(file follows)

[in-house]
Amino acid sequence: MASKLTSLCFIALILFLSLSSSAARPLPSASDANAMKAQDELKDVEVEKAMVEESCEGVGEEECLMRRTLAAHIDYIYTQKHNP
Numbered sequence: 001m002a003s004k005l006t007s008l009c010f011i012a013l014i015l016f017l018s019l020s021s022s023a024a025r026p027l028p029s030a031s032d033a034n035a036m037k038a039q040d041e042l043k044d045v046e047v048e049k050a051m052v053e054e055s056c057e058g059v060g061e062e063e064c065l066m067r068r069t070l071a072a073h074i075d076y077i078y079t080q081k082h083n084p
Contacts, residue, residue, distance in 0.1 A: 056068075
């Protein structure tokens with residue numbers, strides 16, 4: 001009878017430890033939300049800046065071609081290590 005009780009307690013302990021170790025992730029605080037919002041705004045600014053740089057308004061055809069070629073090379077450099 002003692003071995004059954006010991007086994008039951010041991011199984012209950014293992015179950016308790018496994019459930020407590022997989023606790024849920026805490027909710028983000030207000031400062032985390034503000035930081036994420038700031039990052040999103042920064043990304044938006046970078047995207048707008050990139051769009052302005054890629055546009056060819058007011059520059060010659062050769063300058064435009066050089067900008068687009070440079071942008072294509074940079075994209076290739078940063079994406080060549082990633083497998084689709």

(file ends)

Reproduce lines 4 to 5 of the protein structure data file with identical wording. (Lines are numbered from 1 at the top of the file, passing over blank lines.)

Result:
Contacts, residue, residue, distance in 0.1 A: 056068075
């Protein structure tokens with residue numbers, strides 16, 4: 001009878017430890033939300049800046065071609081290590 005009780009307690013302990021170790025992730029605080037919002041705004045600014053740089057308004061055809069070629073090379077450099 002003692003071995004059954006010991007086994008039951010041991011199984012209950014293992015179950016308790018496994019459930020407590022997989023606790024849920026805490027909710028983000030207000031400062032985390034503000035930081036994420038700031039990052040999103042920064043990304044938006046970078047995207048707008050990139051769009052302005054890629055546009056060819058007011059520059060010659062050769063300058064435009066050089067900008068687009070440079071942008072294509074940079075994209076290739078940063079994406080060549082990633083497998084689709």